For a drug to work, it must be taken properly and regularly. Not infrequently, patients deviate from the doctor's prescribed regimen; Consequence: The effect of the remedy can be questioned and thus the entire healing process.
Compliance and non-compliance
In science, one calls the necessary adherence to therapy and the consequent adherence to the medical revenue regulations "compliance", the opposite of it "Non-Compliance". If a drug does not work, then it is often the behavior of the patient.
You read, for example, the leaflet, is disturbed by the long list of possible side effects and then occasionally turn off the tablet intake in the belief that they even do something good. Although other patients start with the therapy, but stop the drug as soon as the symptoms improve or unwanted side effects occur.
Also, the subjective feeling "I feel fine today" as well as forgetfulness contribute to poor adherence to therapy. This is especially true if several medications need to be taken daily or the treatment takes a long time.
Non-compliance widely used
Studies repeatedly show that it is not well ordered with the compliance of many patients. Depending on the clinical picture, the extent of this non-compliance is estimated to be between 12 and 35 percent.
Especially patients with respiratory diseases, diabetes mellitus and sleep disorders often do not stick to their medication. When prescribed long-term use of drugs, the numbers are even more frightening: Only about 40 to 50 percent of patients with chronic diseases such as hypertension or asthma follow the doctor's advice to take medication.
The consequences of poor adherence are often underestimated; they usually weigh much heavier than the burden of any side effects.
Causes of non-compliance
There are many reasons why patients do not follow the medication: social, economic, disease, therapy or personal factors can play a role. For example, the so-called "dental plaster effect" is known, wherein the patient takes the medicine irregularly but keeps himself correctly to the prescription a few days before a doctor's visit. Or one speaks of so-called "medic vacation", if the consumption is suspended for a certain time mainly on weekends or on vacation.
Measurement of adherence
In order to investigate the extent and causes of a lack of adherence, it is important to measure compliance. One differentiates between direct and indirect measuring methods:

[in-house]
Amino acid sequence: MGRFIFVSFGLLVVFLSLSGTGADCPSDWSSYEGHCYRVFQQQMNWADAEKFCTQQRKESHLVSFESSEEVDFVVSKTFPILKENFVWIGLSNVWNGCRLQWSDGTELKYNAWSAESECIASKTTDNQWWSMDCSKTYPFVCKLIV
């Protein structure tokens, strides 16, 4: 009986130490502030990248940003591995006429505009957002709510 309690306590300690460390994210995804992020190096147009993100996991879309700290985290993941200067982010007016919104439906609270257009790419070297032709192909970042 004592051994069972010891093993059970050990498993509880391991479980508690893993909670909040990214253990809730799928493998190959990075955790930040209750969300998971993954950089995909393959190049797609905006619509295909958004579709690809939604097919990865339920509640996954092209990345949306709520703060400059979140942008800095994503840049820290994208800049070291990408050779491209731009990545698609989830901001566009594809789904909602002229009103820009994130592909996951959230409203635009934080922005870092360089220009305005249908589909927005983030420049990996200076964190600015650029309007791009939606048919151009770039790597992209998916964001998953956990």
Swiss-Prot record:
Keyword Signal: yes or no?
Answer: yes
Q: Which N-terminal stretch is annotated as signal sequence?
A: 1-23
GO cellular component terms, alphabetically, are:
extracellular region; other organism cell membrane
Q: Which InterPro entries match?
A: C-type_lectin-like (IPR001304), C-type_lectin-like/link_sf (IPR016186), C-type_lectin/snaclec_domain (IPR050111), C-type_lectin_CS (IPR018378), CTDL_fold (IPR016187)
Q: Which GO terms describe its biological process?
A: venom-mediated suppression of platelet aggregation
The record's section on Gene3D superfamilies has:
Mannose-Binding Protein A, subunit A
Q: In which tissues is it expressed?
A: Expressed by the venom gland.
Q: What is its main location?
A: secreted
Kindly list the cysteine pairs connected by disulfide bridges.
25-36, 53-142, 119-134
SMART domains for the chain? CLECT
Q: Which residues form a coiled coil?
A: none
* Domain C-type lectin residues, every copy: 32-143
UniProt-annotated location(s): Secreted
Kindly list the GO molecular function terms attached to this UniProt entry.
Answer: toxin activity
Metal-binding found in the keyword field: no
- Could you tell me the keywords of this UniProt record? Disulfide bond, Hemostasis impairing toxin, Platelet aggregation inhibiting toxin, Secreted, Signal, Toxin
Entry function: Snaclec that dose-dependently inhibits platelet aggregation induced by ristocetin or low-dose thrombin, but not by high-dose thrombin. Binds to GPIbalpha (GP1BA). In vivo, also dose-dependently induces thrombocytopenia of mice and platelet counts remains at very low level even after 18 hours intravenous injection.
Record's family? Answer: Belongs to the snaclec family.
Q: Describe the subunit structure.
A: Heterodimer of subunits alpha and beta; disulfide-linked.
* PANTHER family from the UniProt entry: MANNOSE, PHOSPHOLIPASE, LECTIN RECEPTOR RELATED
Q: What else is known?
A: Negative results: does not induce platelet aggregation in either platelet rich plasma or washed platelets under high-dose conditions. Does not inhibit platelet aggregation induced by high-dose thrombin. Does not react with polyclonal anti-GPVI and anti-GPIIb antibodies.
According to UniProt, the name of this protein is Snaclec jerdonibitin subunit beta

- Direct method is the measurement of drug concentrations in the blood,
- indirect methods include patient diaries, tablet counting (how many are left, how many have been taken in a given period of time), and doctor discussions with the patient about ingestion behavior.
Impact of non-compliance
For example, studies on patients who have had an organ transplanted and who are given permanent medications to suppress their own immune system, so that they do not reject the new organ, show just how fatal a lack of adherence can be. On average, every fourth patient does not follow the rules for taking these so-called immunosuppressants. Consequence: The immune system fights against the new organ until it finally fails.
Similarly, in patients infected with the HI virus, similarly devastating consequences of poor adherence were observed. In addition to the health consequences, there is also an economic aspect: Who does not take his medication properly, risking more frequent visits to the doctor, longer treatment periods and hospitalization, which means a loss of work and thus loss of productivity and on the other a burden on the general health system.
Thus, the direct and indirect costs of non-compliance in Germany are estimated at 7.5 to 10 billion euros annually. For comparison: In 2006, the health costs borne by statutory health insurance amounted to approximately € 137 billion, demonstrating the considerable magnitude of the costs of treatment failure.
Education and care important
However, it is not always the patient alone who is responsible for the lack of adherence to therapy. Often a lack of trust between doctor and patient also plays a role: The doctor explains too little, and many patients know too little about their illness and their treatment and are not aware of the importance of regular medication.
Patient education could significantly improve compliance. Sometimes even family or friends do not make it easy for the patient if, for example, the disease is simply declared a taboo subject.
By contrast, an open approach to suffering as well as support and motivation by relatives help the patient to accept his illness and treatment. An important role in the question of whether a patient demonstrates a high adherence to therapy, in addition to the doctor and the pharmacist. Recent scientific studies prove that the interaction of patient, doctor and pharmaceutical care by the pharmacist provides the basis for effective adherence to therapy.
Remuneration is also an issue for drug researchers: in the meantime, they have developed combined preparations for many diseases that require several drugs for their treatment: instead of two or three different tablets, only one that contains all active ingredients. Even drug forms that release a drug continuously over hours or days, so-called sustained release forms, contribute to adherence. Because, for example, the intake is enough once a day, for example at breakfast.